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VOL. XIX.—NO. 150.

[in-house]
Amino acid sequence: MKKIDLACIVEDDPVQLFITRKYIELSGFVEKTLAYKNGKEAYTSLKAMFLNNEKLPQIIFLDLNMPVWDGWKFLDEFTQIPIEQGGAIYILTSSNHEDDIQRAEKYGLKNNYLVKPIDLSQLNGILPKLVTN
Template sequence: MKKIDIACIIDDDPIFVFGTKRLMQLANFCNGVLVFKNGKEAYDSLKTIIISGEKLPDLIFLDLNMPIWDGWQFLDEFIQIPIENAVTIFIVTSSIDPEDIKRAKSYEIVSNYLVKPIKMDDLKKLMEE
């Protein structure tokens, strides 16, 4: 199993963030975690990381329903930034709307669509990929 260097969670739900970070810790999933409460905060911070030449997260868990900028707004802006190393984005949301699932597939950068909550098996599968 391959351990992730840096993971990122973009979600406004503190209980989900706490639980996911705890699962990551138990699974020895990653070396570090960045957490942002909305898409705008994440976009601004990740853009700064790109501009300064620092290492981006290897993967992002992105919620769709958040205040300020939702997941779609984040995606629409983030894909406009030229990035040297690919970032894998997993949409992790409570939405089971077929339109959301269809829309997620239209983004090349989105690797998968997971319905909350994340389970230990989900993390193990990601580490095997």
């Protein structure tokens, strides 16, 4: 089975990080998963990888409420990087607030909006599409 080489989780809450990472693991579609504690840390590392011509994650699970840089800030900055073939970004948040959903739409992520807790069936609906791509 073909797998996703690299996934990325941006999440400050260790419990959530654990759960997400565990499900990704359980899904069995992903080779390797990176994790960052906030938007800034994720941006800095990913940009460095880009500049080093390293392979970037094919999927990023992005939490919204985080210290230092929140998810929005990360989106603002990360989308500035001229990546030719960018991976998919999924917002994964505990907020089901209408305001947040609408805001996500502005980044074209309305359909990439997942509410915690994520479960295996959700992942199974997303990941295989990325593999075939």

BULLETIN OF I HE ST. PflrUL GLOBE. FRIDAY, MAY 2tt r »«ither for Today— Fairi Variable Wlk.:*. PAGB 1. St. I.ouls Death List Grows. Scenes in the Path of the Storm. The Disaster at East St. 1-onls. St. Paul Girl After the Gray Estate. Levering: Named for President. PAGE 2. Bruno Beanpre Dead. Repnhlican TricUerj% Atcalnnt Clark. Memorial Day In the Si-hools. PAGE 3. New* of Minneapolis. School Children an Honae Movers. Col. Stevens Stricken. Troops to Protect the Ruins. PAGE 4. Editorial. Doran Discusses Politics, Bishop Cotter's Jubilee. PAGE «. Rain Again for Apostles, Tigers Defeat Millers. Results in the National. Hamline Athletes Defeat Carleton. CongreHß Aids Storm Sufferers. PAGE 6. Roads Win in Joint Traffic Case Day's Social Events. Bar Silver, 08 »-Be. Cash Wheat in Chicagro, BBc. Bears Rule the Stock Market. PAGE T. Globe's Popular Wants. PAGE 8. Olive Branch From Blnhop Gilbert. L. W. Weinins's Serious Mishap. MOVEMENTS OF STEAMSHIPS. HAMBURG—Arrived: Patrla, New York. GLASGOW—SaiIed: Circassia, New York. ROTTERDAM—Arrived: Spaardam, New York. NAPLES-Arrived: Kaiser Wilhelm 11., New York. Sailed: Caledonia, New York. QUEENSTOWN—SaiIed: Germanic, New York. NEW YORK—Arrived: Dalmatia, Naples; Berlin, Southampton. Sailed: Fuerst Bis marck, Hamburg. The wind is making a business of blowing- this year. One of the things they do not make at Canton is Canton flannel. The Prohibitionists are unable to in dorse the water of Pittsburg. Why doesn't Gen. Weyler dust off and hoist the bulletin: "Gomez is dead!" _^_ There is no hurry, Mr. Cleveland. Tou have until after the Fourth of July to think about it. Omaha is in the dumps again. All of the Methodist bishops have refused to go to that town to live. ,—, —^^^»v— Now, if Capt. Gen. Weyler could in terest a cyclone in his cause he might Bubdue the Cuban recalcitrants. It isn't certain that Chicago won't get twice what i>t bargained for. It may get two Democratic conventions. _^»- These are the days when the weather service Is furnishing us with sunshine, rain and frost every twenty-four hours. The money question is hard on the politicians. It really forces some of them to think who never thought be fore. Wool is a little higher in St. Louis. That may be because Republicans are bujdng it to pull over the eyes of the public next month. The young Khedive of Egypt has de veloped into a musician. In doing it, however, he produced insomnia In his whole neighborhood. The cyclone struck the Republican convention hall at St. Louis. It is now certain that it will stand the minor cyclone of next month. «^». Times do not appear to be. getting much better in Minneapolis. A receiver has been appointed for the salary of the mayor's private secretary. _«. If the fellows who are going to run New York street cars with compressed air would contrive to use some of the air Inside their cars it might be fit for publication. The appropriation for the St. Paul public building has been increased from $60,000 to $125,000. There is, therefore, a chance that the structure will be completed this century. , _^> Mr. Lowndes, of Maryland, Is a can - dldate for second place. He is in the class with Bradley and Evans. After it is all over somebody may think to state that they "also ran." _^»_ Chicago has money to burn. In an investigation there yesterday it was shown that one man on the pay rolls was drawing salary for watching the grass grow in Washington square. The Prohibitionists have nominated Joshua Levering, of Baltimore, for president. The people probably do not want a Southern man for president, and they certainly do not want a man named Joshua. _ m What Is known as the McKinley coon, now In the hands of a Pennsyl vania man, is to be returned to Canton, the day McKinley is nominated at Str Louis. The Buckeye Napoleon thinks the coon Is a mascot. If this country ever needs a poet laureate' it 'may be at)lo to induce a Kansas versifier to take the job. Re ferring to the downfall of Ingalls, Eu gene Ware says: Up was he stuck; And'ln the very upness O£ his Btuctitude Ho fell. Warner Miller announces that he is ready to lead a revolt against Platt. Just here It isn't probably amiss to etate that Warner Miller has led mighty few winning fights in his time. Warner Miller is the man who lost New 1 York ■when Harrison carried it and the coun try. THE SAINT PAUL GLOBE. DEfITH LIST G?OWS LffiGE? EjJCH HOI!?. HUNDRED OP BODIES RECOVERED FROM THE TANGLED DEBRIS AT ST. LOUIS. FIVE HUNDRED ARE DEAD. MANY CASUALTIES NOW REPORTED FROM OUTSIDE THE CITY OF *T. LOUIS. THE REVISED DEATH LIST. AN ACCURATE COMPILATION OF THE IDENTIFIED BODIES SO FAR RECOVERED* SEVEN HUNDRED ARE INJURED. MANY MANGLED SUFFERERS LEFT STREWN IN THE TRACK OF THE STORM OVER MISSOURI AND ILLINOIS. Death* at Breckenridge, Mount Ver non, Vandallu, 111., and ( cntra lla and Mexico, Mo* ST. LOUIS, Mo., May 28.—1t will be several days before definite informa tion can be obtained as to the loss of life and injury of the unfortunate peo ple who happened to be in the path of | the cyclone which swept over portions of Missouri and Illinois Wednesday aft- | ernoon. In addition to the killed and ! injured in St. Louis and East St. Louis, j the cyclone mowed down many people as it advanced. Dispatches received today gave accounts of serious loss of life and maimings in quite a number of places. Appended is a table, show ing a careful estimate of killed and in jured, based on the disaatches: Place. Killed. Injured. St. Louis 200 300 East St. Louis 250 300 Near Centralia 42 35 Breckinridge, 111 2 Near Mt. Vernon, 111 6 20 Near Vandalia, 111 13 15 Near Mexico, Mo 15 34 The number of killed cannot be far from 500, and of injured about 700. When darkness Interrupted the search for storm victims tonight 315 people were known to be dead on both sides of the river, and, although the complete death list will never be known, it is believed that it will ap proximate 400 in the two cities. The number of the injured is even larger and many of the maimed cannot sur vive. The property loss will reach well Into the millions, but insurance .people, firemen and police alike refuse to hazard even a guess at accurate figures. The uncertainty regarding loss of life and property is due mainly to the wide extent of the havoc wrought by the storm. The miles of wrecked buildings as yet unexplored and the numbers of col lapsed factories may hide almost any number of bodies, as the police have been unable to secure anything like an accurate list of the missing. In the ■ . ■ m« M B| . -'II ■■■I.iH.^. " EADS BRIDGE, ST. LOUIS, OXE END OF WHICH WAS DESTROYED BY THE CYCLONE. factory districts many of the employes on duty at the time the storm broke were without relatives in the city, and their disappearance would scarcely be noted, even though they be buried in the ruins. It is believed by the police, too, that, owing to the suddenness with which the crash came, many tramps and homeless ones sought shelter among the buildings which were lev eled, and that nothing will be known of their death until perhaps weeks hence their bodies are found. The list at 6 o'clock of known dead in St. Louis is 169 and in East St. Louis 146. The city is in darkness tonight, re pair of the electric wires having been scarcely begun, and but few of the trolley lines are running. All over the stricken district the debris-choked streets are crowded with sight-seers, and through the dim morgues In the east end of the city and at the morgue at Twelfth street a constant stream of people is urged forward by aisles of police. Hundreds of homes in ruins, dozens of manufacturing plants and dozens of business houses are wrecks. Many steamboats are gone to tfee bottom of the river, and others are dismantled; railroads of all kinds have suffered great lens, and wire and pole-using companies have WEEKS OF TOIL and large expenditures <rf money to face before they will be 1^ 'satisfactory shape again. The most furious work of the storm FRIDAY MORNING, -MAY 29, 1896. was along Ruttger street, Lafayette and Choteau avenues and contiguous thoroughfares east of Jefferson avenue. The houses are in the streets with the roofs underneath, buried by brick and mortar. Under the brick and mortar are household goods of every descrip tion, and on top of all are uprooted trees and tangled masses of wires. There Is not a tree nor a building standing in Lafayette park. The wreck of the city hospital is so surrounded by wreckage that it is barely possible to reach it. By far the most remarkable freak of the storm was at this many»winged house. About 200 patients were scattered through the wards when the tornado struck, but, although the entire upper story was cut off clean and one wing razed to the ground, but one inmate was killed. The victim was located In one of the upper stories and was killed by a fly ing brick. In the demolished wing the MAP OF ST. LOUIS AND EAST ST. LOUIS SHOWING THE DEVASTATED DISTRICT. walls fell out, the roof came straight down upon the foundations, and the rafters, after resting upon sound bed castings, enabled the parents to be rescued without serious injury. The entire building was rendered useless, and the tottering walls will be torn down and a new structure built. Many of the handsome residences in Fourteenth street and about Lafayette park are ruined, but the most damage was done on Sixth, Seventh, Eighth and Ninth. South along Choteau ave nue in the tenement house district, houses are to be seen in all stages of demolition, from loss of roof to complete destruction. In some of them the front walls had fallen out and the tenants performed their household duties, cared for their injured or mourned their dead in view of the crowds In the street. From the doors of many partially wrecked houses fluttered black badges of mourning, and scarcely a house In all the districts that did not have some injured relative, friend or neighbor within its wind-battered wall. The path of the storm is about a half-mile wide and over four miles long, through the thickly populated southwest portion of East land and across the river into St. Louis. Col. Wetmore, manager of the Lig get & Meyers tobacco plant, which was wrecked, estimates the entire prop erty damage at $25,000,000, which will be, he says, almost a total loss, owing to the lack of cyclone insurance. Other estimates range from $15,000,000 to $30, --000,000, but the majority of them are close to that made by Col. Wetmore. LIST OF DEAD. Revised Compilation of the Bodies Recovered at St. liouls. ST. LOUIS, May 28.—The following is a re vised list of dead in St. Louis: Henry Allen, Charles Archambault, Mrs. Bellman, James Ben, Fred Benwell, A. J. Bergast, Louis Boeckman, John Burges, Ken nert Butcher, W Tallace C. Butler, Cecil George, Mrs. Claypool, Katie Claypool, Emma Chancey, child of Peter McGlnvins, Martin Craddick, Mrs. Crimp, Sophia Demonnltin, James Drenn, Annie Dugan, Joseph Dunn, Michael Dunn, T. A. Emans; employes of Liggett & Myers, twenty; employes of Wor den Cutler company, twenty-five; Mrs. Char lotte Ender, Edna Frieske, Mrs. Clara Frles ke, Sutter Frieske, Gustave Fullmer, Gal lagher (girl), Julius Gaul, Gibbons, Tay lor Hallevan, D. Hassing, Mrs. Helix, Har vey Hess, John Hazelle, Maggie Hickiey, Isabella Howe, George Hulbert, Thomas lr win, Janitor of St. Paul's church; Ponea, an engineer; Silas Jones, Wi O- Knabel, Henry Kehling, Harry Klllian.-James Killian, Thomas Killian. William Killlan, daughter of Andrew J. Lelnktn, Joka Lolling, Hit. Loute, Fred Mancheimer, Joeepfcine Martini, Joseph Mamer, Joseph Meyera, Robert Miller, Her man Mlman, Malachl McDonald, Charles Nye, William Ottenman* William Ottenad, August Ottenmeyer, John Pandy. William Pla chek, John Rafferty, Charles Ribeck. Fran cesca Rodebiguez, Hi*. Matilda Rux, Tina Rux, Charles Schmidt, Charles Schweibeman, Lewis F. Sims, Mrs. Splllman, Thaddeus J. Stephens, Charles Tandy, Mike Vise, Wallace Webber, Fred Wells, ~S*rrauer Wills, Will iam Winockler, Gustafe Woliman, Mrs. Wood ruff, William W. Wooda, Ernest Zlmmers. Wallace Bradshaw, Peter Deadwlck, Rose Duggan, Casper Fiedler, Frank Fisher, Charles S. Gallagher, Mrs. Anna Gardner and child, Mrs. John E. Hermann, Robert Hold, Mrs. August Jaahn, Fred Joudock, A. D. Jones, Mary Lewis, Anna Love, unknown man, 608 South Seventh street; three un known, taken from quarry; unidentified ten, at morgue; unknown man, found on Park avenue; unknown boy. found at ISBO South Eighteenth street; unknown man, killed, at union depot; unknown woman, found in ruins; unknown man, found at Second and Choteau streets; woman • and child, found in ruins on South Jefferson street. LIST OF THE INJURED. Many Mangjled In the City of St. Louis Proper. ST. LOUIS, Mo., May 28.—The injured here are: Henry Abtor, Henry Althouse, fatally; Addie Anderson. John Bater, head; William Barlow, Benjamin Basau, Mike Beck, Minnie Beck, John Eelking, Harry Beman, James Bene, Mrs. James Bene, Oliver Bene, George Bengel, fatally; Frank Benson, T. A. Ben son, Fred Bennett, badly: Katie Bennett, Mrs. Kate Benwill. arms, legs and shoulders broken; Albert Berge : badly bruised; Joseph Berg, leg fractured; Henry Bittner, Charles Beckmeyer, George Boetz, Martha Bohlon, Emma Bohlen, Mrs. Prank Boeker, badly bruised; James Boyd, Joseph Boyd, leg brok en; Barney Brennan, Ben Brennan, Harry Brennor, badly; Joe Brent, leg broken; Leo Brinkman, Albert Beck, M. M. Buck, head and body bruised; John Balkins, Miss Alvi Brunning, Mrs. August Burgman, Mike Burke, Prank Bush, John Byrne, badly; Jacob Carman, ribs and leg broken, fatally; Tom Carroll, Mrs. Castle, fatally; Mrs. Frank Castle, Miss Louisa Cas tle, Flora Childress, cut and bruised; Alex Chrisinger, badly; David Cluazey, J. Clemana, Frank Chucky, skull fractured; Thomas Cof fee, Joseph Condol, leg* crushed; James Con way, Agnes Crump, Carrie Crump, William Daly, P. T. Dorlght. Jack Davis, John Davis, Pat Daugherty, Mike Dowd, Ben Desivlna, Alfred Slberfleld, scalp; Mr. Epstein, John Feeney, Martin Finan, head and face; Mary Finn, slightly; firfeman at union depot power house, M. Flau, W. Flynn, leg broken; J.Fo.x, Wiiliam Frankie, internally; Mrs. M. Frankle and two children, irtpmally; Abe Fredman, cut in head- William Gabin, Mrs. Lizzio Gal lagher, back, seriously; Mike Galvin, fatally; Joseph Gantlruf, Alfcart George, head and body; Phillip' Geraok and son, scalp; William Geseking, Gotlleb GeSeking', Frank Ghurky, Mrs. Frank Giichaus, scalp; Tom Gondolia, Ed Grady, Weber ffreemwood, Thomas Grif fith, h!p; Bridget €urn, fatally; John H. Gunther, legs Broken; Mrs. Gunther, Dr. Horace M. Hall,, I — Hausenlranz, Albert Hardy, Rev. Frazer Head, Miss Head, Will iam Hellmertck, fatally; Daniel Heitner, Mrs. Daniel Heitner, John Henke, J. Herman, badly; Miss Clara Herman, badly, and right arm" broken: H. Holencamoh, J. L. Hol kamp, P. J. Hennesy, Peter Herbenger, HolkamD, Anna Hoff, leg broken: Peter Horn, Erick" House, Edwin Hyke, Infant of Mrs. Hamilton, fatally; George Ireland, Joe Ireland. Edward Jansen, arm broken; Will lam Johnson (colored), skull fractured and elbow broken; J. Pordan, John W. Judimin, John Julllch, B. Kalt, James Kane, badly crushed; Alext Keller, of Alabama, fatally; Jacob Klos, badly bruised; Mrs. Jacob Klos and child, badly bruised; Anton Knolt, W. Kiiol, Henry Kopadt, fatally; James Labre, internally; Edward Lachbehler, MJke Larkln, Jaseph Lahtner, James Leltham, eyes de stroyed; Gustav Leitner, James Lenahan, in ternally Injured: David Lewis, head cut and badly bruised; George Little; Michael Llloyd, internally; A. Loeb, J'^3. K. Leoland, Harry Long, H. H. Maber, leg smashed; Mrs. Maber, legs crushed; Fred Mack, Mike Mahoney, Fred M. Manchenhelmer, Mrs. H. Marbrous, fatally; Annie Marshall, seriously; Thomas May, McGentle, fireman; Gertie McKenna, injured Internally;-Patrick McMahon, Phil Medart, George Meyer, Adolph Meurer, Henry Meyer, Lewis Miller, Jefferson county. Mo.: Louise Miller. Brinsfleld, Mo.; Pat Moran, Ironton, Pa.; Pat Moran, leg broken; Michael Mul poony, internally; George Nelson, Arthur Nicholson, John Noonan, slightly; Mrs. John Noonan and child, slightly; John O'Brien, John O'Connor, arm broken and internal in juries; Patrick O'Connor, crushed; Tom O'Connor, Louis Ottenad, Mary Ottesson. cut and bruised; George Pefer, internally; New ton Palmer, G. C. Pap*itz. Edward S. Peck, slightly; George Peipper, Peter Pierens, Lot tie Pool, Joseph Ramay, leg broken; Joseph Ramage, leg broken; Charles Ramus, Albert Raven, head; Franjt Richer, Frank Richard. T Relss T. PilK>, Paul Richter, badly; Theodore Beias Ju!iu» Remlinger, Patrick Peney, internally; B. B. Bicketts, Mrs. Lil lie Roeder, Mrs." Caroline Rolland, badly cut; Mrs J W. Rowder, Internally; Herbert Rowe, R. R. Samover, S. Saakey, Mrs. Satlin, not seriously; Mrs. Aug. Sattig, Aug. Sattig, H. H. Sawyer, John Sawer, O. W. Sawyers, John Satchfer, Julius Schlundt, Christian Schmidt, arm broken; Mrs. Schmidt, fatally; Joseph' Schrld, hip crashed; Albert Schulte, legs broken; Miss Sarah Schulte, shoulder dislocated; John Scott, Aug. Sears, Henry Seffl, scalp; W. B. Shaw, F. H. Shaw, Emil Shotman, badly bruised: Mrs. Emll Shotman and three children, badly bruised; Benjamin Silva, Chris Smith, Henry.Smith, Mary Som ruers. Lulu Stark, badly injured; Dr. Max Starkloff, arm dislocated; Albert Stewart (colered), skull mashed, will dlo: Charles Street, Newport, Ky.; Phillip Syrubell. badly injured; Mis* Suba«hle, slightly; William Swaneit, John Taylor bead injured; Henry Tebo, William Thompson*- three persons In Waverly place, John Timfnons," Amanda Tinker. DunnvlUe, Wis.; J. W. Tinker, Dunn ville, W'is/r M. L. Tinker,TDunnville. Wis.; J. L Tinker, Dunnville, Wis.; John Tooney, internelly; Kali Tracey. skull fractured; Pat rick Tracey hand torn off; Thomas Tracey, twenty-six unknown, fatally; two unknown, badly; five unknown, one unconscious; John .Vaughan. Richard Vatet, leg Frank Vincent, fatally; Charles voatula, head hart; Wachbertlen, face; »rs. Mary Wag ner, CarUnville, 111., badly; B**T. Walker, arm Continued •■ Third Pn«e. LEVERING FIRST OUT THE CANDIDATE OF THE NATIONAL PROHIBITION PARTY FOR PUBS ID EXT. SILVER FORCES ROUTED. WHITE METAL PLASTK REJECTED ANU A \ ARROW GAUGE PLAT FORM ADOPTED. JOHXSOX FOR VICE PRESIDCXT. By the Platform the Party Leaders Are Pledged to Wry Little bat Prohibition. For President JOSHUA P. LEVERING For Vice President HALE JOHNSON PITTSBURG, May 28.—The Prohibition na tional convention nominated the following ticket: For president, Joshua P. Levering, Mary- land; vice president, Hale Johnson, Illinois. The free silver plank was rejected, and tho candidates were placed upon the thinnest kind of a narrow gauge platform, embodying mere ly the principle of prohibition, and even omit ting the woman suffrage plank, which has been a feature of its platforms for years past. Ex-Gov. St. John, seconded by nearly all the Western delegates, made a gallant fight for the free coinage of silver, and Helen M. Cou gar, of Indiana, and Mrs. L. A. Poole, of New York, struggled In vain for woman suffrage, but the narrow gauge people controlled the convention and took everything. When the nominations were reached the name of Charles E. Bentley, of Nebraska, the broad gauge candidate, was not presented, his boom having been burst by the overwhelming defeat of the . silver forces at the afternoon session. It was long after midnight before the last business was concluded, and the convention adjourned. Joshua P. Levering, the Prohibition nom inee for president, is a prominent coffee mer chant of Baltimore. He is fifty-five years of age, reputed to be very wealthy and Is pres ident of the Young Men's Christian associa tion. He was formerly a Democrat, but has been connected with the Prohibition party sines 18S4, and has for some years past acted as vice chairman of the state executive com mittee. He ran on the Prohibition ticket last fall for governor, receiving the highest vote ever cast in the state for the party.. Mr. Lev ering is pronounced in his views on the ques tions at issue, and previous to the conven tion stated positively that he would not accept the nomination upon a free silver or broad gauge platform. Hale Johnson, the nominee for vice presi dent. Is forty-nine yeara of age. He was born In Indiana, and served through the war. He .Is a past commander In the G. A. R. and a colonel in the Veteran Legion. In 1894 he was a delegate to the national Republican con vention, but shortly after became a Prohfbi- CONVENTION HALL-ONE OF THE BUILDINGS DAMAGED BY THE STORM. ttonist, and has been prominent in Us coun cils ever Bince. It was 9:30 o'clock before the second day'a session of the Prohibition national conven tion was called to order. The attendance at that hour was light, as many of the dele gates had been laboring In committees, until the early morning hour. When comparative quiet had been obtained, Rev. P. Mackl«n, of Ohio, offered prayer. A resolution wa» then presented expressing sympathy for the suf ferers of the St. Louia cyclone, and it was adopted by a standing vote. Mrs. Fnuices Beauchamp, of Lexington, Ky., pressed a memorial from the W. C. T. U., ad^jted at the national convention in Baltimore last fall. The resolutions reaf firmed alletfanoe to th» Prohibition party "as the ©sly pollUcai party with the cottr- PRICE TWO CENTS— \ AvTcim. age to speak out boldly in favor of woman's suffrage, and the total annihilation of the liquor traffic." A request was also made that the name of "home protection party" be adopted, and that the convention adopt measures looking more to the protection of the homes and the care of th« young. A committee of five was appointed to draw up resolutions embracing the requests of the ladies. The committee on platform was then asked to make its report. Dr. I. K. Funk, chair man of the committee, stated that the nar row gauge and broad gauge factions did not expetly agree, and that a minority report would be submitted. The reports were as follows: The- majority, or "narrow gauge" report, declares its agreement with the United States supreme court that the statistics of every state show that more crime and mis ery result from the use of ardent spirits than corrupt legislation, and make good government impossible: that the party Is unalterably opposed to the drink traffic, and declares for Its total suppression for bev erage purposes, rejecting all compromise measures, whether license, local option, tax ation or public control. Wage-earners' at tention is called to the enormous waste caused by the liquor traffic at the cost of production, and to the fact that the success of the Prohibition party will remove 'this great burden from Industry. It declares that the Prohibition party stands for good gov ernment, honestly and economically ad ministered: that there is no greater peril to the nation than the competition of political parties for the liquor vote, and calls upon the voters to enforce the declaration of the churches against the liquor traffic. The minority report, which was presented by the "broad gaugers," has this declaration on the money question: "That all money should be Issued by the government only and without the intervention of any banking association. It should b« based upon the wealth, stability and integrity of the nation, and should be a full legal tender for all debts, public and private, and should be of sufficient volume to meet the demands of the legitimate business interests of the country. And for the purpose of honestly liquidating all our outstanding coin obliga tions, we demand the frep and unlimited coin age of both silver and gold, at a ratio of 16 to 1, without consulting any other nation." Other planks In the platform declare against the manufacture or sale of intoxicating liquors for beverage purposes. The use of liquors for medical and other legitimate purposes should be controlled by the state. Equal rights of suffrage for both ma is favored; alien ac quisition of land opposed. Government con trol of railroads; only English In the publlo schools, and. no public funds for sectarian In stitutions; election of president and vice presi dent by popular vote; liberal pensions; amend ed immigration laws; none but citizens to vote, and naturalized citizens to vote only after being naturalized a year, are other recommendations. The final declarations of the platform are: "There should be proportionate representa tion In state and nation, and the Initiative and referendum adopted, so as to secure free expression of the popular will. We favor the imperative mandate as a guarantee against the misrepresentation of the people by men chosen to be their representatives." Ex-Gov. St. John read the minority report. Almost every sentence was applauded. When he came to .the free silver plank, the broad gaugers broke loose with oheera and pro longed applause. After finishing its reading Mr. St. John moved that the report be in corporated as a part of the majority report. A motion was made to lay it on the table, but this was defeated, the vote standing 310 yeas to 430 nays, a big victory for the broad-gaug ers. A great commotion was created when the vote was announced. Mr. St. John then spoke In favor of the re- port. The motion to make the minority re port a part of the majority report -was curled. The moLioa to take up the report section by section was carried with a cheer, and Ota broad-gaugers were confident ot carrying everything, including free silver, with them. The first seven planks, Including the one favoring woman's suffrage,, were then taken up, and as they did not differ materially in either report, were adopted. The convention at 12:20 then took a recess for dinner. When the convention reassembled Mr. St. John announced that after a conference with Chairman Funk, !t had been decided to take up the money plank next. The minority reso-' lutlon, favoring free coinage of silver, was then read, and the battle betweon the silver Continued OB Fifth Page, WEDDED AT HUDSON FORMER ST. PAIL WOMAK CAISEI A SENSATION IV THR ZENITH CITY. CLAIMS TO BE GRAY'S WIDOW, SHE DEMANDS A WIDOWS I).>\\ i:f* IX AX KSTATK WORTH $500,000. ; SIRPRISE TO THi: SUPPOSED HEIR 9 ; Hot FJffht I" Promised In the Kfo forts of Either Side to Prove Title. DULUTH. Minn., May 28.—A surprise wa« sprung this afternoon upon the heirs of Rich j A. Gray, a wealthy Duluthlan, who died in | Boston recently. Miss Kathryn Western, formerly of St. Paul and now of Duluth, claims to be the dead man's widow, and a* such she will put In a claim for a dower right in the estate, which In this state in cludes everything. Miss Western, or Mn. Gray, is a sister-in-law of John C. Bulliti Jr.. an attorney, and she has lived hero with his family ever since his removal her* from St. Paul two years ago. Mr. Gray and Miss Western are said to have been Intimate in St. Paul, and friends of both say they were together there a good deal. They are said to have gone quietly, without letting any one know, to Hudson, and there got married In the Gretna Green of the Twin cities six years ago. Her relative and representative. John C. Bullitt Jr., was seen this afternoon, but he would say nothing beyond the fact that the announcement had been made to tha heire today. Why the affair was kept quIM so long and why it was Just announced will probably come out later. Mr. Gray left a large fortune, In fact, he had an Income of considerable more than $100 a day. ll« owned the sawmill property at the end o| Rice's point; the west half of the Mesaba block and many other valuable properties. He always carried a heavy bank account and there were few men In Duluth who were In better circumstances. His estate Is not encumbered In' any way and was prubabljr worth fully $500,000. The announcement wai a surprise to the heirs, who had supposed that Mr. Gray had no wife, and that tiittr title was clear. There will a figtit Hi court in ail probability. Miba Kathryn. Western 13 well-known lit St. Paul social circle*, having lived hers OMKI of het life. For many years her mother kept a boarding house on St. Peter street, between College and Summit. Some six years ago her sister married John •'. ltuiS-tt Jr., and a couple of years later the whole, family removed to Duluth. Miss Kathryn ii now about forty years of age. She was of a retiring disposition and not fond of mala company. The announcement of her mar riage to Gray will come as a surprise to )i«r friends here. TRACKS SI XX FROM SKillT. Train* on the Norther* Paelfle II:it« a Narrow Eacnne. Special to the Globe. AITKIN, Minn.. May 28.—Three liun.lt «d feet of the roadway of the Northern I'uciflo sunk in Buiuarg lake, near here, this morning, and twenty feet of water now washes over the spot where the heavy trains wctp running yesterday. The grado was built upon the north shore of the little hike, and must have b««?a built over an underground lake, as the whole track for from SM to 400 feet simply dropped out of sight. A westbound freight barely es caped a eompleU wtcek there at 4a. m. The | engineer saw the waves rolling ahead of him where the track had always .been. Applying the brakes, he and the fireman Jumped from the engine Just as it leaped over the beak into the lake. A large force of men are now laying a new track north of where the old on? stood. The eastbound passenger train waa stopped Just as it approached the lake. This Is the same place where an engine sunk »ovyt years ago and was never recovered. " PREFER TO COME TO ST. P Vl'l,. Southwestern Minnesota Veteran* \\ ill Hold Xo Encampment. Special to the Olobe. WORTHIXGTON, Minn., Ma 7 W.— The an nual encampment of the Southwestern Minne sota Veterans' association, which was to have" taken plate at Jackson cext month, has been postponed on account of a desire of the G. A. R. veterans in this part of the state to attend th(; national encampment at St. Paul next September In full force. As the expense of holding the encampment of the association is quite heavy It was deemed advisable to econo mize as much as possible, and thus enablo every old soldier in the association to attend the big encampment. The encampment at Jackson will occur in 18S7 on the same date* set for this year. The officers elected at th© Worrhington encampment In 1895 will hold over for another year. BILLET IN HIS DRAIN. Proiuluent nnslne.sn Man of tilenr»e < omn.iiN Snlrlde. Special to the Globe. GLENCOE, Minn.. May 23.—Frank Waehoiz, one of Glencoe's wealthiest and mo.st promi nent residents, was found dead In his office this morning with a bullet hole through hi* heart. A pl&Lol In bis clenched fingers show ed suicide, as did three letters which he left, one addressed to his wife, one to Frobau Judge Tifft and one Ij his attorney. Mr. Financial reverse are bla:ned for the sulcldd. The affair cre«Ued a Irmentfow sensation. e». petially as on tho day pr*vlOVf Mr. Wadnli was about town in tppareally as liapy.y ■ frome of mlad as usual, and played ehftM with some of his fricndi. .Mr. Wwholi m th« proprietor of a large grain elevaior and floui mill here. Coutly Meot Roxst. ST. CLOUD. !!!r.-:.. May I'S.—Kire early thil naming badly damaged V. G. Kleisler'* butch. er sbop. in th» John Schv/ariz tu'ld'nf. Lorn (2,500, covered by insurance.